Philadelphia Phillies All-Fan Favorite Team
Through over a century of play and two World Series championships, the Phillies have had their fair share of athletes at each position. Many we remember. Some we forget. The ones we truly remember, however, are oftentimes the ones we love.
In Philadelphia, oftentimes, love for their athletes is hard to come by. That only serves to make these individuals even more unique and special.
Here is the All-Fan Favorite Team for the Phillies, highlighting the most popular players at each position.
Starting Pitcher: Steve Carlton
Steve Carlton played for six teams over the course of his career, but the Hall of Famer will always be remembered as a Phillie.
In what turned out to be one of the worst trades in baseball history, the Cardinals shipped off "Lefty" to Philadelphia for pitcher Rick Wise. Carlton would spend the next 14 years in Philadelphia, where he racked up four Cy Youngs and led the team to its first championship title.
Carlton won more than any pitcher the city had ever seen. That resulted in his near instantaneous status as a fan favorite.
Closer: Tug McGraw
Maybe it was his lovable personality that won the fans over, but that wasn't the only reason Tug McGraw became a favorite in Philadelphia. He was the one who finished it all up. The one who ended 97 years of heartbreak and losing.
The day after winning it, he said, "All through baseball history, Philadelphia has had to take a back seat to New York City. Well, New York City can take this world championship and stick it! 'Cause we're number one!"
His words echoed throughout JFK Stadium amidst thousands of cheers among fans—all of whom were thinking the exact same thing.
First Base: John Kruk
The city fell in love again with the 1993 Phillies, who came out of nowhere to win the pennant.
At the forefront of the team that year was John Kruk. He finished his career with a batting average of .300 and an even 100 home runs.
Kruk just got it. He understood the fans, and he understood the city.
Last year, he was inducted into the Phillies Wall of Fame. His speech was a triumph and a true salute to the fans of the city.
Second Base: Chase Utley
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Chase Utley's numbers may have dipped the past few seasons, but he remains as popular as ever. Because even when he's struggling, you know he's giving it everything he has. When he's injured, he'll play through it. If he hits a weak grounder, he'll run it out like it's his last.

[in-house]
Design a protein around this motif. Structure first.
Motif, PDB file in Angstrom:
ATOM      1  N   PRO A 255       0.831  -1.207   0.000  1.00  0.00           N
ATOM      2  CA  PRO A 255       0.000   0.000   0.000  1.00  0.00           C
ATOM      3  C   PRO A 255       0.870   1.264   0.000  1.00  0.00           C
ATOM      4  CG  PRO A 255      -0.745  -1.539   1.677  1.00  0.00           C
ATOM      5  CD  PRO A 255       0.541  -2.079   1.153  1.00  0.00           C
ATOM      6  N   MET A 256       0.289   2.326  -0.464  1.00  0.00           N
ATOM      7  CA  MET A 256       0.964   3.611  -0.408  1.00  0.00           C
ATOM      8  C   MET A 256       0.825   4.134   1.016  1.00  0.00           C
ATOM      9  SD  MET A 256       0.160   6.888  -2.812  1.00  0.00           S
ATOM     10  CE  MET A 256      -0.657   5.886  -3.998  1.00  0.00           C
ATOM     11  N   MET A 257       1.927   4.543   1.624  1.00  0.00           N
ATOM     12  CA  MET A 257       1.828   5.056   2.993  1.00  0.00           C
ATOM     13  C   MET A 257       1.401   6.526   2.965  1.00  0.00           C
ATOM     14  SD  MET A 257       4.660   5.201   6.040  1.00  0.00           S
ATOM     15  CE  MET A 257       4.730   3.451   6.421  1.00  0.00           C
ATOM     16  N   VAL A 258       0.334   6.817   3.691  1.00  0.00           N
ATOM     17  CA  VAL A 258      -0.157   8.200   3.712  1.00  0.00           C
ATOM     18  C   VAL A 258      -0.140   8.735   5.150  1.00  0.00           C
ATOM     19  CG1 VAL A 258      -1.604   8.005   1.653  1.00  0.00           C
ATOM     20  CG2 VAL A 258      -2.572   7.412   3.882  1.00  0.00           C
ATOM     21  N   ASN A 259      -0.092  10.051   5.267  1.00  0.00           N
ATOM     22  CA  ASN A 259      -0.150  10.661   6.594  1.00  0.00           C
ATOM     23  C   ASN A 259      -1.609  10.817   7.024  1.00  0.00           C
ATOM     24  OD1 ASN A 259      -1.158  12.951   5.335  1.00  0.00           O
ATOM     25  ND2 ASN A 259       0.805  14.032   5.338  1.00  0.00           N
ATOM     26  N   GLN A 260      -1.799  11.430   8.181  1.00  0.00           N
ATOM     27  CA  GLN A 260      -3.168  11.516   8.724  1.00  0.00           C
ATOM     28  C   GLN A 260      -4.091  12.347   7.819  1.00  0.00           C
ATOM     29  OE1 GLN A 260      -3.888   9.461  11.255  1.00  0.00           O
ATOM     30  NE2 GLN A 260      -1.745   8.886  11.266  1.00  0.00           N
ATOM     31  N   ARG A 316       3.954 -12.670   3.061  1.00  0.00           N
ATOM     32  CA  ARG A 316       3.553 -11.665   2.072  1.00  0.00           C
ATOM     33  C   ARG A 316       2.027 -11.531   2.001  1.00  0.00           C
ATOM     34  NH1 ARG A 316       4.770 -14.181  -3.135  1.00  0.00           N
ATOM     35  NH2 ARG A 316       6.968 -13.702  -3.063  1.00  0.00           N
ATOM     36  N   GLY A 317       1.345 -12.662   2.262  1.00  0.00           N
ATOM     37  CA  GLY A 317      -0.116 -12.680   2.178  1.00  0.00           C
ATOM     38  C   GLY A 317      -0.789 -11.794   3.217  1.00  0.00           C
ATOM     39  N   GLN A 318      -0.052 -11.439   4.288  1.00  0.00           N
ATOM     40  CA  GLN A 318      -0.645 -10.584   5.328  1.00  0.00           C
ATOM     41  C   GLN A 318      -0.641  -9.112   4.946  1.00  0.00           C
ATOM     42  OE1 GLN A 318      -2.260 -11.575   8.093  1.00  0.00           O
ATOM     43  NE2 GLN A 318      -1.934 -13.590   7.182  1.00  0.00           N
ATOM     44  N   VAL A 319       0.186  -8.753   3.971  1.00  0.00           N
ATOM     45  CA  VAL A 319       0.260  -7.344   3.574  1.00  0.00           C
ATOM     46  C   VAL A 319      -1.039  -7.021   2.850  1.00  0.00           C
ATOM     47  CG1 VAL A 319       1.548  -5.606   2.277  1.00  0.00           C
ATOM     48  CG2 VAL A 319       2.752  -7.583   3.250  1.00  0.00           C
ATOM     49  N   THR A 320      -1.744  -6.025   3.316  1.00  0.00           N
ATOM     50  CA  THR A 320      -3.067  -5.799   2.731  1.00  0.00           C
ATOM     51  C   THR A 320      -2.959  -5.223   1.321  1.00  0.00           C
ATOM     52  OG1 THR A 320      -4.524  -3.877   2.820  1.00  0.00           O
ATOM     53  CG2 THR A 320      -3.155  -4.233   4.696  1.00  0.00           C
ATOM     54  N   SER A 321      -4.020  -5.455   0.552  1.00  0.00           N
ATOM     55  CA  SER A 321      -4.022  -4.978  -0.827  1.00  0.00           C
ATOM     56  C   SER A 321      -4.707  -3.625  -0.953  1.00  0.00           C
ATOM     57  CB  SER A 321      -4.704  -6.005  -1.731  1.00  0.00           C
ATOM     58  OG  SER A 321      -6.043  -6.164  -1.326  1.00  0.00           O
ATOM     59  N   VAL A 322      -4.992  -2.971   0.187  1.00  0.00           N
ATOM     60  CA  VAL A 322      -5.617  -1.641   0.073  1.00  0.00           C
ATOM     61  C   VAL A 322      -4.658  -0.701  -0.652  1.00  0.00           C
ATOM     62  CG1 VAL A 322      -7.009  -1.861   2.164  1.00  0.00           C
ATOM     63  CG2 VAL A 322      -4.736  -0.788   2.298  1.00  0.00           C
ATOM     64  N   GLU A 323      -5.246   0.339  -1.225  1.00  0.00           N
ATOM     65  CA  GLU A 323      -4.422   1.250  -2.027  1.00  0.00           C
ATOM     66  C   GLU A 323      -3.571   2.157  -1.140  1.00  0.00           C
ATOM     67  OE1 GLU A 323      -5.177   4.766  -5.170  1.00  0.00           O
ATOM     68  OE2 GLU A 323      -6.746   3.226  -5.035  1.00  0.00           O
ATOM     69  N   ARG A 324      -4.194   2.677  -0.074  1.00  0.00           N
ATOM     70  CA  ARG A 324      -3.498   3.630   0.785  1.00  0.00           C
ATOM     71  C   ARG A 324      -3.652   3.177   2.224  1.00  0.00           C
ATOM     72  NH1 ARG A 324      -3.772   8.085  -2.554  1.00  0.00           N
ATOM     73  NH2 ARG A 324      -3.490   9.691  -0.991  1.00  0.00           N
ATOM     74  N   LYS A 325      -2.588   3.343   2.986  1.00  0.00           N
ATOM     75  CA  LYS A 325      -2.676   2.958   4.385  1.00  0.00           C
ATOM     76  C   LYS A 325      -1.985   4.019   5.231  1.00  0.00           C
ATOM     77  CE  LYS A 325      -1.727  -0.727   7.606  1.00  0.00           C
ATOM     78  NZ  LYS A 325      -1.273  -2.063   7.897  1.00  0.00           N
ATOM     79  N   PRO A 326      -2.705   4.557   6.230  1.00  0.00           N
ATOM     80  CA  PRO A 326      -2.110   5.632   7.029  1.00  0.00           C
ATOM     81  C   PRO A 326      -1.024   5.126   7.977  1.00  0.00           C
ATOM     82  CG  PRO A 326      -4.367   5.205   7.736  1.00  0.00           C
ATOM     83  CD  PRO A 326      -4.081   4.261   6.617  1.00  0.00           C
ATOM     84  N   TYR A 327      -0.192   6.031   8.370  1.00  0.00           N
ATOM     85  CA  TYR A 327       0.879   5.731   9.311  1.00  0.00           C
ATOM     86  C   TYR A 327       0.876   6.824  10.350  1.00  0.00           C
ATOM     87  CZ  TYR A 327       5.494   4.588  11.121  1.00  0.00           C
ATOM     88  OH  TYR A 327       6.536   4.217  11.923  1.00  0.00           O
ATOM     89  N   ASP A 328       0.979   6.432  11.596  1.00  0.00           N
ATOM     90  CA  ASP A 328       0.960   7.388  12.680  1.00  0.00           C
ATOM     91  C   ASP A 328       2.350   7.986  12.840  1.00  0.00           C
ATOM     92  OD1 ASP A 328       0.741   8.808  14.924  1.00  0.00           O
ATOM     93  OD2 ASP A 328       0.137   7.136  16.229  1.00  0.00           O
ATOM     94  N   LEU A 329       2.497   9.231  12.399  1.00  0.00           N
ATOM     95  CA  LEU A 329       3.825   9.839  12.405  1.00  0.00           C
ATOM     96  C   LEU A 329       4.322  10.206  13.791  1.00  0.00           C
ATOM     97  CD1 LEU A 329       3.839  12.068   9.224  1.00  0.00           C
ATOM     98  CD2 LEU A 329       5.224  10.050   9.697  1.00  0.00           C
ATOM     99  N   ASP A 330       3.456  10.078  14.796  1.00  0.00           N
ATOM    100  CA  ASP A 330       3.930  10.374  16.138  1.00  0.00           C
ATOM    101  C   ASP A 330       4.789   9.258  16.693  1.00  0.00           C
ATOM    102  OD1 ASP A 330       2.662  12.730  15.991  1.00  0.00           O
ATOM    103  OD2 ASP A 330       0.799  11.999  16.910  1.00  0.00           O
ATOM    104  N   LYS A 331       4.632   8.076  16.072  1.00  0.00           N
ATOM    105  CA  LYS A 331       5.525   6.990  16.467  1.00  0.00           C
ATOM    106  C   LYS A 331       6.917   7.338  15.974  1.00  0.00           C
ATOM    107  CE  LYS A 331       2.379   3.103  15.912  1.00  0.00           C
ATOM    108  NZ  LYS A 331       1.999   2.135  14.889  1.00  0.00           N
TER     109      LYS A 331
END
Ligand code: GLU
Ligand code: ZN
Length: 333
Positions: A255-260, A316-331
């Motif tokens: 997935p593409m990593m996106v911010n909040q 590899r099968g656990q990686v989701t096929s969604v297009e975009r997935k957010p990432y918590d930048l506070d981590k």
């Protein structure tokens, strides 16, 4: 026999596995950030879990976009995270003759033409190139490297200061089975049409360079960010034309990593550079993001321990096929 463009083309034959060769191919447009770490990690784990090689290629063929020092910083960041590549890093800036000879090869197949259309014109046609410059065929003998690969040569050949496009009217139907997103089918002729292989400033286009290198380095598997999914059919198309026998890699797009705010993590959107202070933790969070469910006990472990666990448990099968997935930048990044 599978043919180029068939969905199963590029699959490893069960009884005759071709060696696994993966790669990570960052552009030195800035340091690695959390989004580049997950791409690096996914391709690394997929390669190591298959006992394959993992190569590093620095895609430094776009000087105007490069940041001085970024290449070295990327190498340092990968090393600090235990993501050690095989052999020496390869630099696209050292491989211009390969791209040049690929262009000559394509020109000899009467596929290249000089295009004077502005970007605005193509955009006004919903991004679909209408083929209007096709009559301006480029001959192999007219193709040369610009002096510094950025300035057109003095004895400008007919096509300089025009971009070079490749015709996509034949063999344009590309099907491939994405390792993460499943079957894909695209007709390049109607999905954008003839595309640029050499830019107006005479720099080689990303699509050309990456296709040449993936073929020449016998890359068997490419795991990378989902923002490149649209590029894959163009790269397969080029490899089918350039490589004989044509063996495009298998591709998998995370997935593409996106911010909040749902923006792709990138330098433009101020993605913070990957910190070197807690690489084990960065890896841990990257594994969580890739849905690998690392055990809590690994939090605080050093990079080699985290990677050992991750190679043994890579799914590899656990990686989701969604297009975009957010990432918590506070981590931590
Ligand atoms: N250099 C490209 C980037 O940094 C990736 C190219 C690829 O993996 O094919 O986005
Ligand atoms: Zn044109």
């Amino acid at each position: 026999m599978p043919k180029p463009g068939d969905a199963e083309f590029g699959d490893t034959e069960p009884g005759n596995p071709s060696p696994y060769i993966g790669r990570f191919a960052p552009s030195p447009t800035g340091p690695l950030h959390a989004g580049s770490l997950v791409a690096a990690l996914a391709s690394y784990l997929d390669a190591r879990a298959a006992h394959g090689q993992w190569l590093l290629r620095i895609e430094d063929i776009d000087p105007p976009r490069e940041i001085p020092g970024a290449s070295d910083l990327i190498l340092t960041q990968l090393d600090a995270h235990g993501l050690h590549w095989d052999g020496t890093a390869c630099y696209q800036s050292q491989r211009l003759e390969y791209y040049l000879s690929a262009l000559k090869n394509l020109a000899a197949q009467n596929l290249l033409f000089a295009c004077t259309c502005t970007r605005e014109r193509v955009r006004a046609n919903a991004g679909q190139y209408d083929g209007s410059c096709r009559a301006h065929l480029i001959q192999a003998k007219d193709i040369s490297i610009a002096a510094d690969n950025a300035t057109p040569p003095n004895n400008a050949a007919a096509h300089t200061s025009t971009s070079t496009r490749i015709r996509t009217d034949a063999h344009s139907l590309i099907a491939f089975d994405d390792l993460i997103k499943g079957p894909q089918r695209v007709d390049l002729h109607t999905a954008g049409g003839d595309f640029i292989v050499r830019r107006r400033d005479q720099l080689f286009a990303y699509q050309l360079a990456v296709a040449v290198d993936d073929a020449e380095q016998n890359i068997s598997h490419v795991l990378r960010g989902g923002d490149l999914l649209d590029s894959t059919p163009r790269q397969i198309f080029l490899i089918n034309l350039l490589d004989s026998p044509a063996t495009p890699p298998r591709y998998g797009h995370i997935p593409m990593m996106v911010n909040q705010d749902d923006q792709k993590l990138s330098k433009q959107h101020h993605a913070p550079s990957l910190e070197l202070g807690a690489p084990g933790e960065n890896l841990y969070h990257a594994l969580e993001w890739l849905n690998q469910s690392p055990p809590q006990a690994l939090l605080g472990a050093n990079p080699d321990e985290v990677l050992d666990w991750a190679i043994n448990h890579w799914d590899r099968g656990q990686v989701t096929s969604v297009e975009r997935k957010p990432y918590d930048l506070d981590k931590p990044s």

He's a throwback to an earlier generation of baseball players, and that is truly refreshing to see.
Shortstop: Jimmy Rollins
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Jimmy Rollins started it all. Currently the longest tenured Phillie, Rollins helped take a team struggling to stay relevant and made them a powerhouse. As the team contemplates losing the best shortstop to ever grace the position in their history, they stand to lose a great player and a real fan favorite.
Third Base: Mike Schmidt
He was the best third baseman of all time, and he was a Phillie. It doesn't get much better than that. Schmidt may not have had the best personality in the world, but the fans loved him for being one hell of a hitter. He was truly one of a kind.
Left Field: Greg Luzinski
"The Bull" may not statistically be the best left fielder in Phillies history, but he was probably the most popular. He capped off his final year in the city with a World Series championship.
Nowadays, you can find him at every home game signing autographs near his restaurant, Bull's Barbecue.
Center Field: Richie Ashburn
One of the best in team history, "Whitey" became a fan favorite during his days with the Whiz Kids of 1950. But he became even more popular sitting alongside Hall of Fame announcer Harry Kalas in the broadcast booth.
The center field area at Citizens Bank Park is currently named in his honor, with a statue of the late centerfielder right by the replica of the Liberty Bell.
Right Field: Chuck Klein
Chuck Klein's numbers were unbelievable. A .320 career batting average with 300 home runs and over 1,200 RBIs. He also won an MVP, a Triple Crown and had two All-Star appearances. The two times he left the Phillies, he ended up returning.
Eventually, he was able to finish his career in Philadelphia in 1944. When others viewed Philadelphia as a trainwreck, Klein viewed it as home.
Catcher: Carlos Ruiz
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So many of the big moments of the past five years has involved Carlos Ruiz. "Chooch," as the fans have grown to call him, has been a rock behind the plate. He plays with passion and heart, and his pitchers love him. And so do his fans.